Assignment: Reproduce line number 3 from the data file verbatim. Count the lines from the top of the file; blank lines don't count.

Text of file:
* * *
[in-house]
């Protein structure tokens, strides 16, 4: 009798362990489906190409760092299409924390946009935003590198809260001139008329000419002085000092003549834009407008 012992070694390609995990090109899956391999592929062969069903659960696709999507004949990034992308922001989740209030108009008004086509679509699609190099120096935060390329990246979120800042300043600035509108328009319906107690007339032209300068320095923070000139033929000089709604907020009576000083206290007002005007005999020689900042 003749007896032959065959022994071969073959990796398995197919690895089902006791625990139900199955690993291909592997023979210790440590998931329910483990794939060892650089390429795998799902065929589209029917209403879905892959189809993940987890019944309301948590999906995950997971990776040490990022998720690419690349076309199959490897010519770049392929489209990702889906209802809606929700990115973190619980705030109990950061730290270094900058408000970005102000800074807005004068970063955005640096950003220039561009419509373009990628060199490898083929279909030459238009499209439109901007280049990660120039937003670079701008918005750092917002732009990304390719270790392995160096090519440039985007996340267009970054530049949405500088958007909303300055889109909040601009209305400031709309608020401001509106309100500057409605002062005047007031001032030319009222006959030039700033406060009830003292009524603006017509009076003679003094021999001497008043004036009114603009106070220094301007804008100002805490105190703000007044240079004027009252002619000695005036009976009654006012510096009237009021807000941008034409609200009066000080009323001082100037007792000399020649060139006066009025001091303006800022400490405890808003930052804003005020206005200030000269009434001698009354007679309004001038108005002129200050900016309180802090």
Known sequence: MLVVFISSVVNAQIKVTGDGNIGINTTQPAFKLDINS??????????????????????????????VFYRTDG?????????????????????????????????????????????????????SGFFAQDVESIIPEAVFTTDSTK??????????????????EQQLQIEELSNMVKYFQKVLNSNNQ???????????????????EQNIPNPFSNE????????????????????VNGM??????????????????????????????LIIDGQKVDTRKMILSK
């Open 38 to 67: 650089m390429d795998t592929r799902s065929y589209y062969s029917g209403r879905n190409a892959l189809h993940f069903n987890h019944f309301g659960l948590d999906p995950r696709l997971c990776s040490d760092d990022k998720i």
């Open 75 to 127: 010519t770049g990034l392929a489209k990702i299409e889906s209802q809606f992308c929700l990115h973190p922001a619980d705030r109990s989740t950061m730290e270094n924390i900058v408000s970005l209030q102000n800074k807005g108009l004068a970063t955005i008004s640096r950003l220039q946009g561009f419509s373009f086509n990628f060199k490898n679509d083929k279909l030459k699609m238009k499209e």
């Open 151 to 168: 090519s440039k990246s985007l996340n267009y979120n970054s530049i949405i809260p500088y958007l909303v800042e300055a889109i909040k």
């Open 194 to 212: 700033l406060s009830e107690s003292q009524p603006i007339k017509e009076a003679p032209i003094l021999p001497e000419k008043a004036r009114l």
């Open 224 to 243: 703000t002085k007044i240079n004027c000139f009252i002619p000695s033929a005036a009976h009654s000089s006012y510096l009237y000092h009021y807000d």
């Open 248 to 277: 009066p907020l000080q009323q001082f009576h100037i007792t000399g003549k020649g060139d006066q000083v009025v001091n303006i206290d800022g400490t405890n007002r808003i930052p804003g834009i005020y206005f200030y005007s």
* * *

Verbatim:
Known sequence: MLVVFISSVVNAQIKVTGDGNIGINTTQPAFKLDINS??????????????????????????????VFYRTDG?????????????????????????????????????????????????????SGFFAQDVESIIPEAVFTTDSTK??????????????????EQQLQIEELSNMVKYFQKVLNSNNQ???????????????????EQNIPNPFSNE????????????????????VNGM??????????????????????????????LIIDGQKVDTRKMILSK